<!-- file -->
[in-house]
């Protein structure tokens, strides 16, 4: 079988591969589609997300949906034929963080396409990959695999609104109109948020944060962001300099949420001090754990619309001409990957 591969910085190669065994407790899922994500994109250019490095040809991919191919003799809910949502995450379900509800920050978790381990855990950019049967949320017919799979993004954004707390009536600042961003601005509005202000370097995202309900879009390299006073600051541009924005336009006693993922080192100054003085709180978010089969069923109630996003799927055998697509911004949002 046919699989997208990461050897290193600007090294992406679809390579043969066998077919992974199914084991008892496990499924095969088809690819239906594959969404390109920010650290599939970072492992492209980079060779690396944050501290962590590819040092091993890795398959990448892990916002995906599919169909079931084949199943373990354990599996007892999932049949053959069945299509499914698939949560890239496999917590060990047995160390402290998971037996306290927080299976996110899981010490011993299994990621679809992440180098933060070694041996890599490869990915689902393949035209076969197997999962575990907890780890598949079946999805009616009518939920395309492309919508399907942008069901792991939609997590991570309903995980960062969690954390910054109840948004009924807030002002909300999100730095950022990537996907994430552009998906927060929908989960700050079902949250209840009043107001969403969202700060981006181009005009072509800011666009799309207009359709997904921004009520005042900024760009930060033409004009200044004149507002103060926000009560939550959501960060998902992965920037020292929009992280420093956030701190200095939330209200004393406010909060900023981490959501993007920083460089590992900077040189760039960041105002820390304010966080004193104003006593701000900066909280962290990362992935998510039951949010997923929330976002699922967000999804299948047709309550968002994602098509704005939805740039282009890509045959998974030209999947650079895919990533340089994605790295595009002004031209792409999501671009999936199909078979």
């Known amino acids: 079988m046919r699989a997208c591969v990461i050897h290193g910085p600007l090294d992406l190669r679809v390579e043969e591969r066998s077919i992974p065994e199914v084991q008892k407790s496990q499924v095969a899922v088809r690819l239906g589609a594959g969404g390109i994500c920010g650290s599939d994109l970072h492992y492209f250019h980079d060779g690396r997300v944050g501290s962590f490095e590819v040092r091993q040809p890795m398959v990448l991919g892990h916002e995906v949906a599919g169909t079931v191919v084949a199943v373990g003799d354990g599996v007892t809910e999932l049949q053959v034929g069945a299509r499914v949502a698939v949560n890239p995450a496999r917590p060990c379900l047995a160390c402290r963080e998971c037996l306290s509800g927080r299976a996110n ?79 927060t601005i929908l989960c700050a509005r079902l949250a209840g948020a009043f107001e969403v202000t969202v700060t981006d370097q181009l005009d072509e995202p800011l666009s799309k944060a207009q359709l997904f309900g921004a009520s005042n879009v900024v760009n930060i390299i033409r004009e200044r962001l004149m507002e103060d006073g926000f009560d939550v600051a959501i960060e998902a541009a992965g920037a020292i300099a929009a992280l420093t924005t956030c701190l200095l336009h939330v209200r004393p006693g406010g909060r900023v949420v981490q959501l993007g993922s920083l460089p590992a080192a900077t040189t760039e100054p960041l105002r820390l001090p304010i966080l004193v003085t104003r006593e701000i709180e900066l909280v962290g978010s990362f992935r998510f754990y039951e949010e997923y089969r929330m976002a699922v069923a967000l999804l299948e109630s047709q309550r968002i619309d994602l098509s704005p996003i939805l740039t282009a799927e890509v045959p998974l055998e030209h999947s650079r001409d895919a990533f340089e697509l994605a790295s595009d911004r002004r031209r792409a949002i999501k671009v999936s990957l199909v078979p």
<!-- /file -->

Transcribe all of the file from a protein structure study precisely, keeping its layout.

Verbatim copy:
[in-house]
């Protein structure tokens, strides 16, 4: 079988591969589609997300949906034929963080396409990959695999609104109109948020944060962001300099949420001090754990619309001409990957 591969910085190669065994407790899922994500994109250019490095040809991919191919003799809910949502995450379900509800920050978790381990855990950019049967949320017919799979993004954004707390009536600042961003601005509005202000370097995202309900879009390299006073600051541009924005336009006693993922080192100054003085709180978010089969069923109630996003799927055998697509911004949002 046919699989997208990461050897290193600007090294992406679809390579043969066998077919992974199914084991008892496990499924095969088809690819239906594959969404390109920010650290599939970072492992492209980079060779690396944050501290962590590819040092091993890795398959990448892990916002995906599919169909079931084949199943373990354990599996007892999932049949053959069945299509499914698939949560890239496999917590060990047995160390402290998971037996306290927080299976996110899981010490011993299994990621679809992440180098933060070694041996890599490869990915689902393949035209076969197997999962575990907890780890598949079946999805009616009518939920395309492309919508399907942008069901792991939609997590991570309903995980960062969690954390910054109840948004009924807030002002909300999100730095950022990537996907994430552009998906927060929908989960700050079902949250209840009043107001969403969202700060981006181009005009072509800011666009799309207009359709997904921004009520005042900024760009930060033409004009200044004149507002103060926000009560939550959501960060998902992965920037020292929009992280420093956030701190200095939330209200004393406010909060900023981490959501993007920083460089590992900077040189760039960041105002820390304010966080004193104003006593701000900066909280962290990362992935998510039951949010997923929330976002699922967000999804299948047709309550968002994602098509704005939805740039282009890509045959998974030209999947650079895919990533340089994605790295595009002004031209792409999501671009999936199909078979």
């Known amino acids: 079988m046919r699989a997208c591969v990461i050897h290193g910085p600007l090294d992406l190669r679809v390579e043969e591969r066998s077919i992974p065994e199914v084991q008892k407790s496990q499924v095969a899922v088809r690819l239906g589609a594959g969404g390109i994500c920010g650290s599939d994109l970072h492992y492209f250019h980079d060779g690396r997300v944050g501290s962590f490095e590819v040092r091993q040809p890795m398959v990448l991919g892990h916002e995906v949906a599919g169909t079931v191919v084949a199943v373990g003799d354990g599996v007892t809910e999932l049949q053959v034929g069945a299509r499914v949502a698939v949560n890239p995450a496999r917590p060990c379900l047995a160390c402290r963080e998971c037996l306290s509800g927080r299976a996110n ?79 927060t601005i929908l989960c700050a509005r079902l949250a209840g948020a009043f107001e969403v202000t969202v700060t981006d370097q181009l005009d072509e995202p800011l666009s799309k944060a207009q359709l997904f309900g921004a009520s005042n879009v900024v760009n930060i390299i033409r004009e200044r962001l004149m507002e103060d006073g926000f009560d939550v600051a959501i960060e998902a541009a992965g920037a020292i300099a929009a992280l420093t924005t956030c701190l200095l336009h939330v209200r004393p006693g406010g909060r900023v949420v981490q959501l993007g993922s920083l460089p590992a080192a900077t040189t760039e100054p960041l105002r820390l001090p304010i966080l004193v003085t104003r006593e701000i709180e900066l909280v962290g978010s990362f992935r998510f754990y039951e949010e997923y089969r929330m976002a699922v069923a967000l999804l299948e109630s047709q309550r968002i619309d994602l098509s704005p996003i939805l740039t282009a799927e890509v045959p998974l055998e030209h999947s650079r001409d895919a990533f340089e697509l994605a790295s595009d911004r002004r031209r792409a949002i999501k671009v999936s990957l199909v078979p």